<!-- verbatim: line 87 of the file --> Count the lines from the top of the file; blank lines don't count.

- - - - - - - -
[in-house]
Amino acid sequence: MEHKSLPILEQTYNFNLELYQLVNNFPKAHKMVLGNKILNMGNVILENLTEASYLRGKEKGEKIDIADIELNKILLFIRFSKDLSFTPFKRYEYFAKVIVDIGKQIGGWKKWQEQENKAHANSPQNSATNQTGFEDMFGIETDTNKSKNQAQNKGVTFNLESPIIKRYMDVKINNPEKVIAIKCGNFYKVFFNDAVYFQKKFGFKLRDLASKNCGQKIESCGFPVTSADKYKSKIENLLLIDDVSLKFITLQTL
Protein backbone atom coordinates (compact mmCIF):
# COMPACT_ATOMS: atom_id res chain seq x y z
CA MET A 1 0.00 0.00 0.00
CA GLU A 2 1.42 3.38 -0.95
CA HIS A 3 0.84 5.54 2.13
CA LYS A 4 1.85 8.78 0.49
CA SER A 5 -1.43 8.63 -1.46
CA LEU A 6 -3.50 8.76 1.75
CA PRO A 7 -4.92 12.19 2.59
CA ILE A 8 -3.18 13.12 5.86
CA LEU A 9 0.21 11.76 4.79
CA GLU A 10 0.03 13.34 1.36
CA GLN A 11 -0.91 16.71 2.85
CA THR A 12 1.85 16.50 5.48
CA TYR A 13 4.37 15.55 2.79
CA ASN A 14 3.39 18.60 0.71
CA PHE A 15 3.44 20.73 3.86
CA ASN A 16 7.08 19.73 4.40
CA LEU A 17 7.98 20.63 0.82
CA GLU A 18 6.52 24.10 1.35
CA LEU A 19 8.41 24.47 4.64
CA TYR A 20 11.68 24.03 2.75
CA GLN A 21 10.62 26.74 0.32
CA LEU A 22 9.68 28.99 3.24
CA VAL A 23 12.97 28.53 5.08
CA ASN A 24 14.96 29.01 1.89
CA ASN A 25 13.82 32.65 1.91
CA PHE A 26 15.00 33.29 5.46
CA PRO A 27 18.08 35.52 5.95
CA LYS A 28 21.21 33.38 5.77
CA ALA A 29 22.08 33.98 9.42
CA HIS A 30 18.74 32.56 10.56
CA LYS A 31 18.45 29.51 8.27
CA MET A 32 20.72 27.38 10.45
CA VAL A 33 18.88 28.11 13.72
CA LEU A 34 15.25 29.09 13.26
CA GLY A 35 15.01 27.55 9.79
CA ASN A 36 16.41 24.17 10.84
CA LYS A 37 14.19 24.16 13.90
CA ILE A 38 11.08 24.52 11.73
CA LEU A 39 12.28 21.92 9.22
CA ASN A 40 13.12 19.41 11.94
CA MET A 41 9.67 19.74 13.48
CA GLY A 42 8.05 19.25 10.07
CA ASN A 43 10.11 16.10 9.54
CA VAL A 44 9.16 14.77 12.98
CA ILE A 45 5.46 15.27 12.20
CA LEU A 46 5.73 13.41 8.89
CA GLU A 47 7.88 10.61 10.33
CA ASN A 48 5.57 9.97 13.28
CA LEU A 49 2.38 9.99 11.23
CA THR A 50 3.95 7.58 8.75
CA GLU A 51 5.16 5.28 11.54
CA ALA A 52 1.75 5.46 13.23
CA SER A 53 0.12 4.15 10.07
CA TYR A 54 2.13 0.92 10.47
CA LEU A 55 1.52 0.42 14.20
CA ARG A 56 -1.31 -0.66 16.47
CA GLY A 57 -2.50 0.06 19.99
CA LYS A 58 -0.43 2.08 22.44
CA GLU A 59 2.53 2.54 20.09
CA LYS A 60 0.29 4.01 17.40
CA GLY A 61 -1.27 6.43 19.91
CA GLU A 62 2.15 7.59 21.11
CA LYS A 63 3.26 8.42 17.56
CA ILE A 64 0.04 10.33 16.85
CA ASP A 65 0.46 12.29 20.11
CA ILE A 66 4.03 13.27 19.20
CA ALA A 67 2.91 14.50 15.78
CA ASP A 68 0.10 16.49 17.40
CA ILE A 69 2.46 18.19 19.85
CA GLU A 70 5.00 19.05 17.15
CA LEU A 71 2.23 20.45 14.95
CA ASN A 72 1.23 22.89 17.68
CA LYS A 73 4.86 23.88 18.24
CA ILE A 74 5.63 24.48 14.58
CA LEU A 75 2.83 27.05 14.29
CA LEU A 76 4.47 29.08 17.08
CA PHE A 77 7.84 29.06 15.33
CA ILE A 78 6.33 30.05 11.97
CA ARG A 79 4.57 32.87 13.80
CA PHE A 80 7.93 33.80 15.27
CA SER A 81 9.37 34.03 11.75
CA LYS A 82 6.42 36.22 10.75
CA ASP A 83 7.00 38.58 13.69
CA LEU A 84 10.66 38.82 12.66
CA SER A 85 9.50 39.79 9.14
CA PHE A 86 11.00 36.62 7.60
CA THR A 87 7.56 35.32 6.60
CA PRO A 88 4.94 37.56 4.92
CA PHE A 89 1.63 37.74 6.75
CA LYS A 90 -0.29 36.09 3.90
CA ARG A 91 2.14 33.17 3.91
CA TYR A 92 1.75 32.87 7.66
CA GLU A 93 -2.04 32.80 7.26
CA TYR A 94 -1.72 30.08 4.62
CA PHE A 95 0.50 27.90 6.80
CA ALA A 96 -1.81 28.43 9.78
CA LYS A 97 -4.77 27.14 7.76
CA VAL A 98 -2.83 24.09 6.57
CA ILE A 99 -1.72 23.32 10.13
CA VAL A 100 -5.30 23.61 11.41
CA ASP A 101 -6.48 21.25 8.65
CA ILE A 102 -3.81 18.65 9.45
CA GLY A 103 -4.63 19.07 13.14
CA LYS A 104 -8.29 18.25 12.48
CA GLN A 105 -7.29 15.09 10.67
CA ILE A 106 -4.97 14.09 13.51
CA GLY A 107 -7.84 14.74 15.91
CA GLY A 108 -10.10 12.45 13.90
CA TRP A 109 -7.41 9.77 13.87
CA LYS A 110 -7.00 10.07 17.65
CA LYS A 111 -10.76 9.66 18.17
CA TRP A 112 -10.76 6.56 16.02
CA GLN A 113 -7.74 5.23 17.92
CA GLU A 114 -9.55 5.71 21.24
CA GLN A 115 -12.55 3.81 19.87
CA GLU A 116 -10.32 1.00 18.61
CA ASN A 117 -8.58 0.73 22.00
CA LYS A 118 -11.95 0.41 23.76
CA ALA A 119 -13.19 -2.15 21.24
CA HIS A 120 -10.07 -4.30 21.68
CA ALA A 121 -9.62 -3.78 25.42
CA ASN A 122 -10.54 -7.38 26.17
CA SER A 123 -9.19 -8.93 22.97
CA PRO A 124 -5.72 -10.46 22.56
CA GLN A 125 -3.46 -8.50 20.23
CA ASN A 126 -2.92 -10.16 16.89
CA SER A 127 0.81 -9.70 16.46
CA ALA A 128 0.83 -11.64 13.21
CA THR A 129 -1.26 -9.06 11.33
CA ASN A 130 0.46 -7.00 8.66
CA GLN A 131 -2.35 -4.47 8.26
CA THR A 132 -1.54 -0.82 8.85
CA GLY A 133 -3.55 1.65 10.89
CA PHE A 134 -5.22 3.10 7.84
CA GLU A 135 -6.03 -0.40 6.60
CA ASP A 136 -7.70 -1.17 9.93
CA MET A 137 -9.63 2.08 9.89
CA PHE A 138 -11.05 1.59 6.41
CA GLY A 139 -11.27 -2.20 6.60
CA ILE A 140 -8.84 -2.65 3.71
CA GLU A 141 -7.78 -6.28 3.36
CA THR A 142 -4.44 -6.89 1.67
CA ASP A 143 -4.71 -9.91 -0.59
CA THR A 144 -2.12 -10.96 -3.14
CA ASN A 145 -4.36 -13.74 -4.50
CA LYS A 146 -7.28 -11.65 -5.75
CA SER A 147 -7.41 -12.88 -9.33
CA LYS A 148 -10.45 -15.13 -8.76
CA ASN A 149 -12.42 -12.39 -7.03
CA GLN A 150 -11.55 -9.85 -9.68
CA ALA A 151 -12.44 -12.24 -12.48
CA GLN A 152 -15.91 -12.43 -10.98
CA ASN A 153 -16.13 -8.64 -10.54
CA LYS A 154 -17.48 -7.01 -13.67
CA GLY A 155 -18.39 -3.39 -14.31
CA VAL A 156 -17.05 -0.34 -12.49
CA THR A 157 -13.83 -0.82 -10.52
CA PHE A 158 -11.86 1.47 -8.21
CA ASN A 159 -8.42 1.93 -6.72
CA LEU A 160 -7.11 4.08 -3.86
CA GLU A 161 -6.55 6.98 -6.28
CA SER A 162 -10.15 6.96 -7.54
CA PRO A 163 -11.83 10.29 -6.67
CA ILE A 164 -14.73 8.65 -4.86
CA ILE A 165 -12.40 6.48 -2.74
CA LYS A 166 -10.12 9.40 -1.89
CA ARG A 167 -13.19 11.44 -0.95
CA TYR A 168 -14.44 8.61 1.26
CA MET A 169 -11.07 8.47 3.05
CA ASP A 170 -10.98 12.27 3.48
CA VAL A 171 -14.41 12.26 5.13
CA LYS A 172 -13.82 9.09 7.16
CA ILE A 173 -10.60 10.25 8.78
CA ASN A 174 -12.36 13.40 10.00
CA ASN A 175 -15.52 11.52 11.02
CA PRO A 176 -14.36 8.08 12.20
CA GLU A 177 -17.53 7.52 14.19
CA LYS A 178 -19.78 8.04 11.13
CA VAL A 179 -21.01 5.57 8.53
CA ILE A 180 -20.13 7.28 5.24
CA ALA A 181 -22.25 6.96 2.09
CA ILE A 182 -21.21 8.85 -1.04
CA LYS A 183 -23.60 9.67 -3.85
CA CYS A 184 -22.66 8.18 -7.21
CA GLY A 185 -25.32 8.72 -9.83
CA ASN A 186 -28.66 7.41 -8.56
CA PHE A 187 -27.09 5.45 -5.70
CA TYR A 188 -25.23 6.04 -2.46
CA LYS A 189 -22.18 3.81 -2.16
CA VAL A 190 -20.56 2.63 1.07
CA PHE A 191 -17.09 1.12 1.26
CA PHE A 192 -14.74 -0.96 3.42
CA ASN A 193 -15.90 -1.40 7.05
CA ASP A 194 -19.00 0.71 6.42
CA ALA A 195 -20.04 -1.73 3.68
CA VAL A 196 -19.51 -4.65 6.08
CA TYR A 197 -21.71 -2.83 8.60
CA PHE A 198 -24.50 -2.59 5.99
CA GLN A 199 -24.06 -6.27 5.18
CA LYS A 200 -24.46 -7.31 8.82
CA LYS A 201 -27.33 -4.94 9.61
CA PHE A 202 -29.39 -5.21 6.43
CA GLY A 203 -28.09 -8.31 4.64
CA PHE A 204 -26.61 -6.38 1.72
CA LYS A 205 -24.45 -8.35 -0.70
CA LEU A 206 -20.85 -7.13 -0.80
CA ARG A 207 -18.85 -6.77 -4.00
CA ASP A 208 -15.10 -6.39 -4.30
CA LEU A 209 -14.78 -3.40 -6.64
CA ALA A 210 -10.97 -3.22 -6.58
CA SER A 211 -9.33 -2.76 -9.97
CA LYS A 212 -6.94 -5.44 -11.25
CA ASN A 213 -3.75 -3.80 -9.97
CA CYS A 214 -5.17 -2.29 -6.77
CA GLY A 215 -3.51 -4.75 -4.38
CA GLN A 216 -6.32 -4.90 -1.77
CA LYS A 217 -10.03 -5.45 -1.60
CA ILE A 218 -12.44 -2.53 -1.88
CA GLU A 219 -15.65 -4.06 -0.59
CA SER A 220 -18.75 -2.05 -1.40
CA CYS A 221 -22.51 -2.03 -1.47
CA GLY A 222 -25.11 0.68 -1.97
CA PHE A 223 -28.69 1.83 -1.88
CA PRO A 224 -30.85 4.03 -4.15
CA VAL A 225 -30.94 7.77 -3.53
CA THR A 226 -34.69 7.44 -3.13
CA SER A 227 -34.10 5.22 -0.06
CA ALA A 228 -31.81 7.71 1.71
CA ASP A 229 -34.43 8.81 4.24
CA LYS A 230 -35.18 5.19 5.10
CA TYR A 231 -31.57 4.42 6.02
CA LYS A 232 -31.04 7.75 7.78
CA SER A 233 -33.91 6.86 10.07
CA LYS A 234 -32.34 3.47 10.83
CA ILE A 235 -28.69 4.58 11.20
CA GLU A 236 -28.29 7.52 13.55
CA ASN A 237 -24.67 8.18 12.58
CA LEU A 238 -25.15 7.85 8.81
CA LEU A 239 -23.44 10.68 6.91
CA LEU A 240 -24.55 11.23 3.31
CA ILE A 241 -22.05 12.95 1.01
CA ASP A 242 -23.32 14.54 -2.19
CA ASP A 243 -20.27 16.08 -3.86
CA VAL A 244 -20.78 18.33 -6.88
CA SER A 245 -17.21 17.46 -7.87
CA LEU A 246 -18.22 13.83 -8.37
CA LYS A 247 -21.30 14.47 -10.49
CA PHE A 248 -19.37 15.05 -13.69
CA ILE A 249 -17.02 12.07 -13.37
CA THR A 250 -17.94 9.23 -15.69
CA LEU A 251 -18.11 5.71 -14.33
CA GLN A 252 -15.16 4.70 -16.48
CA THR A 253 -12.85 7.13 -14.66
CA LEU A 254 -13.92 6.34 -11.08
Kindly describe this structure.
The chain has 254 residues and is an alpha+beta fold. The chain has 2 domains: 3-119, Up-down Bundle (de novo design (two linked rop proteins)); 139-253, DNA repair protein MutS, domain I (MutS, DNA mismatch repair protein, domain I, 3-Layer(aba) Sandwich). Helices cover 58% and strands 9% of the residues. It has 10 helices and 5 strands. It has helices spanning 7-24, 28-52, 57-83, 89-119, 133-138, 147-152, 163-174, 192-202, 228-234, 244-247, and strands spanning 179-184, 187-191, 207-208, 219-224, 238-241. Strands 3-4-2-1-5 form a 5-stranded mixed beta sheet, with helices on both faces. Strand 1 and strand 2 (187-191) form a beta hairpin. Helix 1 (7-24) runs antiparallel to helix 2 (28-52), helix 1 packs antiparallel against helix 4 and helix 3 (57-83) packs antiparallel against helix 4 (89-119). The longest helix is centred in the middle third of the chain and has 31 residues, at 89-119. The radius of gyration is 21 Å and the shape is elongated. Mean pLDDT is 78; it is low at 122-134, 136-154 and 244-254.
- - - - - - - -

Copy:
CA ASP A 83 7.00 38.58 13.69